Al Qaeda Operations Planner Saleh Al-Somali Believed Dead in Drone Strike

The senior al Qaeda operative killed in a drone strike in Pakistan earlier this week was Saleh al-Somali, a major operations planner for the terrorist group, ABC News has learned.

"There are strong indications that senior al Qaeda operations planner Saleh al-Somali has died," a senior U.S. official told ABC News.

Al-Somali was believed killed in a drone strike Tuesday that likely was part of the CIA's continuing program that uses armed Predator drones to target al Qaeda terrorists operating along the lawless tribal areas of western Pakistan that border Afghanistan.

Questions Over Who Was Killed in Drone Strike

Since Tuesday's attack in Pakistan's northern Waziristan region, speculation had run rampant that a senior al Qaeda operative had been killed in the attack.

U.S. officials indicated that Osama bin Laden and Ayman al Zawahiri were not the victims of the attack, fueling more speculation as to the identity of the high level operative.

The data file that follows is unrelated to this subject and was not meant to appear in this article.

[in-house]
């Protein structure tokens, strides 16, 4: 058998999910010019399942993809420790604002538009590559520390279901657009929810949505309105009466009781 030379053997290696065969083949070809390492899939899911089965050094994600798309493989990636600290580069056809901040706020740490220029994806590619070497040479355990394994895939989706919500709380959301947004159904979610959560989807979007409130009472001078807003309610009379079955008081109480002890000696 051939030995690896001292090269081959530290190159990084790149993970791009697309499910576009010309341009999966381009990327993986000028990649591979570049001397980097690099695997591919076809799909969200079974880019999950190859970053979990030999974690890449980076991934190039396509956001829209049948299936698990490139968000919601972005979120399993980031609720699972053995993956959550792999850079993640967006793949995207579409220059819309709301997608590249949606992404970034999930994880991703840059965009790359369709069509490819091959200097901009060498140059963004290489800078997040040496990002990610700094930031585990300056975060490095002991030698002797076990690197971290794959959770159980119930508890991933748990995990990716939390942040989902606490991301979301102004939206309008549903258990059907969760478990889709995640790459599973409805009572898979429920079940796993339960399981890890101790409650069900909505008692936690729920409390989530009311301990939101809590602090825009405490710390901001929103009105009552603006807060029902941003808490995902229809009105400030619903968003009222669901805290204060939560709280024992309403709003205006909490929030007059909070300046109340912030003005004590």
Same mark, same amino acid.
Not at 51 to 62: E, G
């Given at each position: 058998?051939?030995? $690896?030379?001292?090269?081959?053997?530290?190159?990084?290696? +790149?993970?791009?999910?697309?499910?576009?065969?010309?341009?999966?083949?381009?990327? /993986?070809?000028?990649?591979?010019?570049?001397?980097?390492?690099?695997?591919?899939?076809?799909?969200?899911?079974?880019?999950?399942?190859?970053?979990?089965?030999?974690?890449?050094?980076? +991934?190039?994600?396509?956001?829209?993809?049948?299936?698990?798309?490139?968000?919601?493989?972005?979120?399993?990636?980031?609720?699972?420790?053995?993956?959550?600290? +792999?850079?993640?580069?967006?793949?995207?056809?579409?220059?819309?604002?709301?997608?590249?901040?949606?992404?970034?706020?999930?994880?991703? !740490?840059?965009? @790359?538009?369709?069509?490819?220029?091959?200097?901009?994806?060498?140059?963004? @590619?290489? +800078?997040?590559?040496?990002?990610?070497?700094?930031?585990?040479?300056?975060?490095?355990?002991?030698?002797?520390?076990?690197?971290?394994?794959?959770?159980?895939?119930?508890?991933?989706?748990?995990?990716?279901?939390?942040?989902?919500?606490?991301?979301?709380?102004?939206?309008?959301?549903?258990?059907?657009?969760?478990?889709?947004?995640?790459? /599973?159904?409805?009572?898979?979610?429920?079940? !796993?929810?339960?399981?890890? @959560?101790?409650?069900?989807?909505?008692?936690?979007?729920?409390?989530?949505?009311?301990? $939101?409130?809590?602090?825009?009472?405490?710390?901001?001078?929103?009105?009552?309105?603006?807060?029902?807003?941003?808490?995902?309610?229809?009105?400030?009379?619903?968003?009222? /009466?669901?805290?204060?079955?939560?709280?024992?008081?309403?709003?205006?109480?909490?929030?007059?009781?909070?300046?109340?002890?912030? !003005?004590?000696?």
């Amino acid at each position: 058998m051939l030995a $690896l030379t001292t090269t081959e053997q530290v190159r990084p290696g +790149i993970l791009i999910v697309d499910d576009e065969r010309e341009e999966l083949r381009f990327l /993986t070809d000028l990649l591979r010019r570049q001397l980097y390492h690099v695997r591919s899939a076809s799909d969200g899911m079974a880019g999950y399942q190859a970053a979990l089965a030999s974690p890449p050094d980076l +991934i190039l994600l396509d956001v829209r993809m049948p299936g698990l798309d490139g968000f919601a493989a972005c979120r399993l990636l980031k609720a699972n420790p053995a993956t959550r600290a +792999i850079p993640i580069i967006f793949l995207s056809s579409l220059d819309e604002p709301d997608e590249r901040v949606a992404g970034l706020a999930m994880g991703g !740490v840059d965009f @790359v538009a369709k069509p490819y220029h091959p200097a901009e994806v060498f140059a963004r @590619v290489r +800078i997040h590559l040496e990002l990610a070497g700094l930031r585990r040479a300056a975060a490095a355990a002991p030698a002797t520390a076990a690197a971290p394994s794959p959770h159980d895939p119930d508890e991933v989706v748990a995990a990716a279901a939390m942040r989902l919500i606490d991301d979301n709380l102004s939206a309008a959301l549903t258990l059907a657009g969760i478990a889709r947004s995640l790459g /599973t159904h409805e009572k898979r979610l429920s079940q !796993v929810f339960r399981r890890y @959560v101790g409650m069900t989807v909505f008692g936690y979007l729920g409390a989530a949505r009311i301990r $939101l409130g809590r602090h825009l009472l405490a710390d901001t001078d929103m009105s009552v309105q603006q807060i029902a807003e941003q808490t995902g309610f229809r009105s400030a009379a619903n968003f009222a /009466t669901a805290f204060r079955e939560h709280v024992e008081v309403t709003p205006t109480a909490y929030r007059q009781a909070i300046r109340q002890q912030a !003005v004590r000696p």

According to the U.S. official, Saleh al-Somali was responsible for al Qaeda's operations outside of the Afghanistan-Pakistan region and formed part of al Qaeda's senior leadership circle. He is also said to have had "connections with other Pakistan-based extremists."

Al-Somali was engaged in plotting terrorist acts around the world and "given his central role, this probably included plotting attacks against the United States and Europe," the official said.

Al-Somali took operations guidance from senior al Qaeda leaders and "translated it into operational blueprints for prospective terrorist attacks," the official added.

Saleh al-Somali Rose Through Al Qaeda Ranks

Al-Somali had risen through the ranks of al Qaeda's propaganda operations to become involved in operations planning for the terrorist group. That included working with western al Qaeda recruits upon their arrival into the tribal of areas of Pakistan, the U.S. official said.

The official said that given his ties to the region, al-Somali maintained a relationship with al Qaeda's allies in eastern Africa, particularly the terrorist group al-Shabaab.

The group has been the focal point of U.S. investigations into the recruitment of Somali-Americans for Jihadist activities in East Africa.

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